This started out as a New England, mid-winter, father and son project to try to create a totally original design for a pair of floor standing speakers. It harkens back to a time about 35 years ago when my father and I built a set of speakers using Altec Lansing Voice of the Theater components. The results were terrific and I was hoping to reproduce this experience now with my son.
In 2015 we experienced record snow falls in our area, and what better way to pass the time then designing and building speakers. We wanted to build something original and unique, using readily obtainable parts, without breaking the bank or turning into a protracted exercise in carpentry and master wood working skills. Oh, and it needed to sound amazing. After all, the ultimate goal is great sound.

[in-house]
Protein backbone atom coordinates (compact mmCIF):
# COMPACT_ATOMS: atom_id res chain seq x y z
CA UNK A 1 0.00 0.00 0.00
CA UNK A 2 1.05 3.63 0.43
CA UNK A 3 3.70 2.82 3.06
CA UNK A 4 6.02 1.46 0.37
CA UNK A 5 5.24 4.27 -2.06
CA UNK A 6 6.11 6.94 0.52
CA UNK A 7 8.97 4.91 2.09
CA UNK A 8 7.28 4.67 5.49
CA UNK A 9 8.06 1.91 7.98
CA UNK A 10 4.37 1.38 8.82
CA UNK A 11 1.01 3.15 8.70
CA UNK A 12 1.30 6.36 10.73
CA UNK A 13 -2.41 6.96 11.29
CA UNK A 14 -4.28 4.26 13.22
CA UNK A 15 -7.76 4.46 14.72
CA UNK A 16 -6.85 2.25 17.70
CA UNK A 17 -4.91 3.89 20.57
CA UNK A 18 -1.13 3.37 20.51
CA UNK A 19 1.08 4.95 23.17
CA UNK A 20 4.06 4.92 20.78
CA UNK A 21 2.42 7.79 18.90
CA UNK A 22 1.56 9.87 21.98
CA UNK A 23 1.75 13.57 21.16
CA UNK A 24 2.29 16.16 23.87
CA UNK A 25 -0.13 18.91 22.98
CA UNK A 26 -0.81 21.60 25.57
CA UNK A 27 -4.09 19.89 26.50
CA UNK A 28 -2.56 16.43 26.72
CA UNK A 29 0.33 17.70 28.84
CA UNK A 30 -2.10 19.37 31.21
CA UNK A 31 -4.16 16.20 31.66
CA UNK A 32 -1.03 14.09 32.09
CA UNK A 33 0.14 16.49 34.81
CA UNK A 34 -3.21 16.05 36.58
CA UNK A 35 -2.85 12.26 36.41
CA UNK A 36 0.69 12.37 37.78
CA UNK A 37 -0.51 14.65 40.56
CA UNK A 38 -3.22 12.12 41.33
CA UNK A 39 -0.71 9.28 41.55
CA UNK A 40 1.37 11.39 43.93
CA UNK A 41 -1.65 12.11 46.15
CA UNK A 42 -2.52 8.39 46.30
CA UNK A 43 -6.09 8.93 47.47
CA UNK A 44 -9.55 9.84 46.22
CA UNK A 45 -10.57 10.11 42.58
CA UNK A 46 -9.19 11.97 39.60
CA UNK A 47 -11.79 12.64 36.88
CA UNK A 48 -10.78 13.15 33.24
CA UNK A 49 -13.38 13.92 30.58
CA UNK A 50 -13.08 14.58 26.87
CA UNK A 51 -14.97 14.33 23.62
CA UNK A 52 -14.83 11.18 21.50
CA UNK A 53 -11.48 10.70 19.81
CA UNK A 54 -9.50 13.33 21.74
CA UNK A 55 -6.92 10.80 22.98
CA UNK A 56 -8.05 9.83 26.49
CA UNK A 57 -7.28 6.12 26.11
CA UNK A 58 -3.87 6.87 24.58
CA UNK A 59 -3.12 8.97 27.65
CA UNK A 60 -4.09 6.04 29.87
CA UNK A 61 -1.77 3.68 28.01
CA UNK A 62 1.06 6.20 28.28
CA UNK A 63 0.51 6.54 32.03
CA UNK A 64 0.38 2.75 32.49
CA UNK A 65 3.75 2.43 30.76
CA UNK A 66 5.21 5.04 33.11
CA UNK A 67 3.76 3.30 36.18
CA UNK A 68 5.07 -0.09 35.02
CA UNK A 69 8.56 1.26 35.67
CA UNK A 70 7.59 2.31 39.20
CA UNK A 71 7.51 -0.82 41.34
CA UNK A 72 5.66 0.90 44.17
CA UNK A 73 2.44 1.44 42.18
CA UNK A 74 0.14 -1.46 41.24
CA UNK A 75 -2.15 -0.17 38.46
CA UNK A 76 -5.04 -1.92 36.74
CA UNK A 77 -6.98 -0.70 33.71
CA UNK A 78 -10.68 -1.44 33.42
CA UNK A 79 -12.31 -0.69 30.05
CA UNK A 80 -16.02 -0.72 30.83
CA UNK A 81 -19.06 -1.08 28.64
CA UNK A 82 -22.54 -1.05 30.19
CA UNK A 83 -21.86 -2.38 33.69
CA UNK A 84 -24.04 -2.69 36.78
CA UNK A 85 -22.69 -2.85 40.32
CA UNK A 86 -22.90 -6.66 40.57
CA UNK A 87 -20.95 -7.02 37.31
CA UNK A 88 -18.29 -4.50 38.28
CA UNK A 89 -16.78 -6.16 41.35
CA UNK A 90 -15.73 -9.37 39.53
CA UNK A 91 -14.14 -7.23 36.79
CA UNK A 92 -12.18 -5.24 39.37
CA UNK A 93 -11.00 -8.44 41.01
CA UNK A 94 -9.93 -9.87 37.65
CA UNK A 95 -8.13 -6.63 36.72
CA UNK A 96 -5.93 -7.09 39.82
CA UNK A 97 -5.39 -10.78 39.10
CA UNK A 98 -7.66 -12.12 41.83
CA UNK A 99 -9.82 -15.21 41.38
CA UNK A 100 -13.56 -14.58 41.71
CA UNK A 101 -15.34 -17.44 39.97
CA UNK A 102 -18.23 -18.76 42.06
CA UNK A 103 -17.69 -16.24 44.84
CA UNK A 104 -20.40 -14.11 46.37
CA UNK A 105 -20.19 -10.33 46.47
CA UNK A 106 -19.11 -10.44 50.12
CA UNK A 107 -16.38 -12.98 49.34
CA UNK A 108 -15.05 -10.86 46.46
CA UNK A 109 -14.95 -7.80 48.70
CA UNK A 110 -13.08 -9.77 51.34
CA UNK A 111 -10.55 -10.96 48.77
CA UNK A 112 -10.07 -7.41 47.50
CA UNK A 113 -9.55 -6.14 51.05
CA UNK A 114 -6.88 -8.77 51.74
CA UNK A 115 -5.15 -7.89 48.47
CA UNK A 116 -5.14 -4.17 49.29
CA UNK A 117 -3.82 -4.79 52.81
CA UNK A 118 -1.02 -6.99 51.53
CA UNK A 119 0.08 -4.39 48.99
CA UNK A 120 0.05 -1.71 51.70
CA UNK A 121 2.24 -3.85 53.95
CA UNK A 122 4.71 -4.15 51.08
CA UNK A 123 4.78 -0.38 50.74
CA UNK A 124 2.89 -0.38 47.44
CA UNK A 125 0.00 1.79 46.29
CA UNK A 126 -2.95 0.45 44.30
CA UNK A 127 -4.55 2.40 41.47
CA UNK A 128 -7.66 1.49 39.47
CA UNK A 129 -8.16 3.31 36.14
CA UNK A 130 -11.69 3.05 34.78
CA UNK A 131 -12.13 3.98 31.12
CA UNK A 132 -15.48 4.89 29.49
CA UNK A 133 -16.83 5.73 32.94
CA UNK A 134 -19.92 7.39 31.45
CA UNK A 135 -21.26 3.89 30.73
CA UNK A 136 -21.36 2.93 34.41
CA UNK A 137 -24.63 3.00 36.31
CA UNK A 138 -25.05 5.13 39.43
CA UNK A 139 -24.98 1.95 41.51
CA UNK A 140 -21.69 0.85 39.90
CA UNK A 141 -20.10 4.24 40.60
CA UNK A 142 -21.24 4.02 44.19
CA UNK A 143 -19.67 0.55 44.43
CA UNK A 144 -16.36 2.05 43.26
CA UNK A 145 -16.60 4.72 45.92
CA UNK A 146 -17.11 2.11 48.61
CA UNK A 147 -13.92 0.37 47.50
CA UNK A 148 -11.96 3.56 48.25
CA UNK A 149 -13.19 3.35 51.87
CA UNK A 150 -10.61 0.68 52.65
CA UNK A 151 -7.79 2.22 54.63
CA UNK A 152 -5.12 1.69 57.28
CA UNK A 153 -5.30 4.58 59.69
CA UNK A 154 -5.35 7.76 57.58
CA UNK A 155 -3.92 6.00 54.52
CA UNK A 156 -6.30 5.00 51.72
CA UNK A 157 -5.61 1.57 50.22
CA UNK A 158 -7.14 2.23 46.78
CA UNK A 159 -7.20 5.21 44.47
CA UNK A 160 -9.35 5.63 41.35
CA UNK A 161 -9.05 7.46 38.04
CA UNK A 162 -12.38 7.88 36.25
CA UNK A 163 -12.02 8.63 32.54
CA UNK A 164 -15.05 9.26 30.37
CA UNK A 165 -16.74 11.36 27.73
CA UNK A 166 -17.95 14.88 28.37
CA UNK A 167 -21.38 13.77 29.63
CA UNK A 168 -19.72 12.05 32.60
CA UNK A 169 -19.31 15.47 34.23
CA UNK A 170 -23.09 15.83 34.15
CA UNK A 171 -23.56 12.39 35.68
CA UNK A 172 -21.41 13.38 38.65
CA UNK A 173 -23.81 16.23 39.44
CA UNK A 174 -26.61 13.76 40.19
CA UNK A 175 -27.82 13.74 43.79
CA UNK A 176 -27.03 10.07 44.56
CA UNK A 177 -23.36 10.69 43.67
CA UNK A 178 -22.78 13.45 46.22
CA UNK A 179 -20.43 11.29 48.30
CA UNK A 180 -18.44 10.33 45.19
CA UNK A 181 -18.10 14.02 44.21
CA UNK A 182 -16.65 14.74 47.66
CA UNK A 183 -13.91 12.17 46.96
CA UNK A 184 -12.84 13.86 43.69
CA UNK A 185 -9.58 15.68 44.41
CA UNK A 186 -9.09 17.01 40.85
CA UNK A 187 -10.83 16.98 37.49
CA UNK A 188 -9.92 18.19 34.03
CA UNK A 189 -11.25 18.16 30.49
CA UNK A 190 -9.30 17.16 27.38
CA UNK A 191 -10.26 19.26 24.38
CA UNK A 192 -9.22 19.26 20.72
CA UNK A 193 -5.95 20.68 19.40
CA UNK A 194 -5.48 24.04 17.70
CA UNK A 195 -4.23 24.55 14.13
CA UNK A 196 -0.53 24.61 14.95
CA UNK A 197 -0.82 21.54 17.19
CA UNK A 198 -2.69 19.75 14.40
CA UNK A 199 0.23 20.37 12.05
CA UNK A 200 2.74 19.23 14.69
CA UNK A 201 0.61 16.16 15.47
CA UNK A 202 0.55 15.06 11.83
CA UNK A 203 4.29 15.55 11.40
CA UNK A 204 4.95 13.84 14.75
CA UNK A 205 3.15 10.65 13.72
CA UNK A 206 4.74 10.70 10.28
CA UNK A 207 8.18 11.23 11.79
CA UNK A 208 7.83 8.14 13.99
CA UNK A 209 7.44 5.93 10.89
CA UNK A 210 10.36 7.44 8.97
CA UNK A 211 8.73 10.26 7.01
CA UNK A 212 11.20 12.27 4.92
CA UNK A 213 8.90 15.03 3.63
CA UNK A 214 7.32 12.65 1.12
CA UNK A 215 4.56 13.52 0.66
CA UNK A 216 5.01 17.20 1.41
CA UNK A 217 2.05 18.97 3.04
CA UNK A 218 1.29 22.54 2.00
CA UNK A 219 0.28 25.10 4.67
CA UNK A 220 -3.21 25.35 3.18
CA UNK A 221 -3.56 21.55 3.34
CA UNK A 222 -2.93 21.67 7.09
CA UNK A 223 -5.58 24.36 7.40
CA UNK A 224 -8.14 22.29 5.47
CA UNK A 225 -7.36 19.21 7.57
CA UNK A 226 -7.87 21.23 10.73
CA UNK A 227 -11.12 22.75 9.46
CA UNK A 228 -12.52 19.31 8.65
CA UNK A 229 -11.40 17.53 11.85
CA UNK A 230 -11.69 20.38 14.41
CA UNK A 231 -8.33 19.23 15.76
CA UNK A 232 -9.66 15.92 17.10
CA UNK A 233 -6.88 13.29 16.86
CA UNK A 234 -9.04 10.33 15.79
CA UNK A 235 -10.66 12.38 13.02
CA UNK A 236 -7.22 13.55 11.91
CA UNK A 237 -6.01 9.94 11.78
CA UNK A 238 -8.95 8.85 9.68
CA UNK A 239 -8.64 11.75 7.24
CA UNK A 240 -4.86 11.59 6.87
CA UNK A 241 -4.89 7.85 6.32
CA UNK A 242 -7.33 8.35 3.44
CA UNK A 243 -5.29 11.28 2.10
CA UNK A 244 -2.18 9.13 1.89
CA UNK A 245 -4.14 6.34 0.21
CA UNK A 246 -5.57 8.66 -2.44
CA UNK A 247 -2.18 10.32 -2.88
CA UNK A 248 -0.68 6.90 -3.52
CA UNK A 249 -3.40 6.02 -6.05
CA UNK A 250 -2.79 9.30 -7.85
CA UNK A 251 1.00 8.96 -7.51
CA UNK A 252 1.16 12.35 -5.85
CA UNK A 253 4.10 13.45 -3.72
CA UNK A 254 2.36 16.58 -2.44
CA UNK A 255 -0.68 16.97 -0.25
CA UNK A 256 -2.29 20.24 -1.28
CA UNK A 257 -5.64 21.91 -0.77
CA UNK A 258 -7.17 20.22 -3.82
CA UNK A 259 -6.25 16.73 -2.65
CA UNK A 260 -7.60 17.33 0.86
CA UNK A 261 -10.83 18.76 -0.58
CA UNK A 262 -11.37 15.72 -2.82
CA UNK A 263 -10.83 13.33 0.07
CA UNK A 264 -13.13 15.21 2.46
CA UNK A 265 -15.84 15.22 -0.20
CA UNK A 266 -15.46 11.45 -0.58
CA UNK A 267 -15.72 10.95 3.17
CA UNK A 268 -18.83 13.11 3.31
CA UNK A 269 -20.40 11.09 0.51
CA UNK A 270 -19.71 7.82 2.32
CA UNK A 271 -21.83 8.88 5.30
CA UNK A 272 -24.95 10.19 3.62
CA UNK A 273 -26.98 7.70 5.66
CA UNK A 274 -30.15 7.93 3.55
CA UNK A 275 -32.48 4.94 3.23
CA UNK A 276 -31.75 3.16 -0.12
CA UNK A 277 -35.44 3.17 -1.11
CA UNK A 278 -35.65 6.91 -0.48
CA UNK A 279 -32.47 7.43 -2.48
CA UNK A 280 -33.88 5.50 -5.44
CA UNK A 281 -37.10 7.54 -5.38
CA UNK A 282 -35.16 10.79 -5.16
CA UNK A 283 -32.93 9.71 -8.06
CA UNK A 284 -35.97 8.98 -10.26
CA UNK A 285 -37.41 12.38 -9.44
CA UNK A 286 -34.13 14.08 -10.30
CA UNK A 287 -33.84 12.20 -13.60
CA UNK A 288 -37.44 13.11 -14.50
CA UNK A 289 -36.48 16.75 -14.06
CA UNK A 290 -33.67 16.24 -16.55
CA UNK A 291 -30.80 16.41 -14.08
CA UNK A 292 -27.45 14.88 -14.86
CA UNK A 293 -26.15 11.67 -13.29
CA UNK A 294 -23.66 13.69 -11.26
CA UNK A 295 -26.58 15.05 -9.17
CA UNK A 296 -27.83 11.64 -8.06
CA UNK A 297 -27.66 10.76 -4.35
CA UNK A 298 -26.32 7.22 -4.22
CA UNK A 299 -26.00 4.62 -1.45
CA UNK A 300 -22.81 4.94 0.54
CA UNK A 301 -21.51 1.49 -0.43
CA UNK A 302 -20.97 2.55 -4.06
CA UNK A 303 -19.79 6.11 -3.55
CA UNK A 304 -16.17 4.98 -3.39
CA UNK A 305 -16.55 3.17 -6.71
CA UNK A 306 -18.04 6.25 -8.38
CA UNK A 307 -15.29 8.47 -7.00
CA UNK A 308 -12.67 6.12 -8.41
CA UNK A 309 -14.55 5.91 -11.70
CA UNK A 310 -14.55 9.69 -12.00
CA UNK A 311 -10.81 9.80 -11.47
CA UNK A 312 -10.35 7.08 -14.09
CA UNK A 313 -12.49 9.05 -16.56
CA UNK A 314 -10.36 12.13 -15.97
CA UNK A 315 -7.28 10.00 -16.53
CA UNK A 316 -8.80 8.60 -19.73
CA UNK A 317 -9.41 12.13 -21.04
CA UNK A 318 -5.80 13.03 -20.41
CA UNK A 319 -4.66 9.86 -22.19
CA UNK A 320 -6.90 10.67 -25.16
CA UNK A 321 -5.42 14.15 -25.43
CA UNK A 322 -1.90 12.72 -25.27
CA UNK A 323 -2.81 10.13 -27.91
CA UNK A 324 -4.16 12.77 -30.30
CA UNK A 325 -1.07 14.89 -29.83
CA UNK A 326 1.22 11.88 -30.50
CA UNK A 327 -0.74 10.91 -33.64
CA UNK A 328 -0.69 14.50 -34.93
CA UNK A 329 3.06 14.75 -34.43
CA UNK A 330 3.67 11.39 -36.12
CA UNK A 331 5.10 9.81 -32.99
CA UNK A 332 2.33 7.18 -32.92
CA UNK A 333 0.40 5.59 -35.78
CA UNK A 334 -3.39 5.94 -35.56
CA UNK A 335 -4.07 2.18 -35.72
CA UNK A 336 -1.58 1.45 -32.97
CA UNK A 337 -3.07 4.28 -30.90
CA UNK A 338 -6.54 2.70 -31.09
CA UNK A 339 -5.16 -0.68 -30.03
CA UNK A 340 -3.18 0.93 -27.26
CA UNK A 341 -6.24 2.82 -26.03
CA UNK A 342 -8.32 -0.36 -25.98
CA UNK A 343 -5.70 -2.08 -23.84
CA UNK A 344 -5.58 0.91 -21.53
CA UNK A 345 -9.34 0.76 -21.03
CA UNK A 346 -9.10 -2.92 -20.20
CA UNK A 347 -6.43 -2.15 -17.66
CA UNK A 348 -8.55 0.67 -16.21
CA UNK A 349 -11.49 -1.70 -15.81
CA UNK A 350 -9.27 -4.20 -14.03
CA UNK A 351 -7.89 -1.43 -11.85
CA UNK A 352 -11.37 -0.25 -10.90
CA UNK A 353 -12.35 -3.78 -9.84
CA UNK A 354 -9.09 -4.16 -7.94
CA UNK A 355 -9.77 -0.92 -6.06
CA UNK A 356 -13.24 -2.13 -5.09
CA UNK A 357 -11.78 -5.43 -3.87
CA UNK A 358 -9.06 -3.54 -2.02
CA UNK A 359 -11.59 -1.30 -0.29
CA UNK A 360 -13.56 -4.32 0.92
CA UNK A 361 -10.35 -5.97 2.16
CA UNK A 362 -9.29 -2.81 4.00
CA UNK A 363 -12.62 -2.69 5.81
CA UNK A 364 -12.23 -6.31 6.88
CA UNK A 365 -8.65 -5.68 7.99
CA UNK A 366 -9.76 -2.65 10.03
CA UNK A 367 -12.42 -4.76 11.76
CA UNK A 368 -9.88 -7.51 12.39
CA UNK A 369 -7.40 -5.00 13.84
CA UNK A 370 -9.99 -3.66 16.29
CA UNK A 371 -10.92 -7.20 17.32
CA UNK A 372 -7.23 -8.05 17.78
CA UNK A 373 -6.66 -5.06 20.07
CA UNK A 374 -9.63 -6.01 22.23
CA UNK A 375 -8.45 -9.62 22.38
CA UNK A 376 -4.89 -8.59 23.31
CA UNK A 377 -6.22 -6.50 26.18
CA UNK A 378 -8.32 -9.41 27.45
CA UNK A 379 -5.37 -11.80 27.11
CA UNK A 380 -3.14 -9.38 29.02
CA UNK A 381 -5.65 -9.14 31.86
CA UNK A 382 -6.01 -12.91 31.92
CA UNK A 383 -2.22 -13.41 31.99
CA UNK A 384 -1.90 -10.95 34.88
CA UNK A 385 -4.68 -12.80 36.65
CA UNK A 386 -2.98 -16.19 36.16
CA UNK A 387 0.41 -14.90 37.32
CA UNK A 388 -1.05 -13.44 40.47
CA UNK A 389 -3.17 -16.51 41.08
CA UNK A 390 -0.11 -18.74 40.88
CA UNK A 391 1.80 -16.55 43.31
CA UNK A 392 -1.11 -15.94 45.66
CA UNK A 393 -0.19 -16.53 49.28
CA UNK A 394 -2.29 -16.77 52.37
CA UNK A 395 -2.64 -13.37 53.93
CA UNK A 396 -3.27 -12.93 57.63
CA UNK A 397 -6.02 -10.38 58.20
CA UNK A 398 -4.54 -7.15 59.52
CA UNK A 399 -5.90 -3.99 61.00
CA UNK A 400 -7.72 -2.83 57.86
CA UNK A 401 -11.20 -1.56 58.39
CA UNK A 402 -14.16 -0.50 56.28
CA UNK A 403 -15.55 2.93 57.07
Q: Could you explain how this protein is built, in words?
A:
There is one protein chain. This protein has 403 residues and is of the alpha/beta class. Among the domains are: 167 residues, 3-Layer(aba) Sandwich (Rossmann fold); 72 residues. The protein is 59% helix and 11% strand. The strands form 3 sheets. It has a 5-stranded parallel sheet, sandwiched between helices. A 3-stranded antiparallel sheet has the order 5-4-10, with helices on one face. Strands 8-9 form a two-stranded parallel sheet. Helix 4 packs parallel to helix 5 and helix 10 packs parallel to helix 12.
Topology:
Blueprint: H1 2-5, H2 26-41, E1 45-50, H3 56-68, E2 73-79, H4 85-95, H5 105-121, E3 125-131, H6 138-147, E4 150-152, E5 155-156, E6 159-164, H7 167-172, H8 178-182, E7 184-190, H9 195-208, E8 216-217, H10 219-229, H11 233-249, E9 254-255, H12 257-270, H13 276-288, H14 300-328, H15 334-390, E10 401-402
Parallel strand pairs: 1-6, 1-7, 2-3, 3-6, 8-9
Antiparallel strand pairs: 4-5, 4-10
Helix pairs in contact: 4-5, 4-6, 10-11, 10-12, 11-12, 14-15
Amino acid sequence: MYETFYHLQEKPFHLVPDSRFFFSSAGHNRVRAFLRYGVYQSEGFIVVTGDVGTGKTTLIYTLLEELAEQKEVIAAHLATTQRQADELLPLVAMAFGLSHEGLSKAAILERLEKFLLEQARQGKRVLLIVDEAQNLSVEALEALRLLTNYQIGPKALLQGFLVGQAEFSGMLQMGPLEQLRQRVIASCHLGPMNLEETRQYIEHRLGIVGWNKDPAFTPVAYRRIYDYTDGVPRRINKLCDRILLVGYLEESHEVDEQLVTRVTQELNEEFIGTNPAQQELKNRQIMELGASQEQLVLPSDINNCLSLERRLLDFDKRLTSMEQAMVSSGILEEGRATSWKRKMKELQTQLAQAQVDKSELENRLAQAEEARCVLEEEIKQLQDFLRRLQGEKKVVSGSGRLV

We originally set a budget of $400 for the whole project. Then $600; then $1,000, and then $1,200. It’s amazing how quickly the costs escalate. After researching many different design directions, we settled on the concept of building the speakers out of schedule 40 PVC pipe. The material is readily available at local hardware stores and on line; and comes in many different sizes, shapes and configurations. It’s incredibly ridged and easy enough to cut and shape.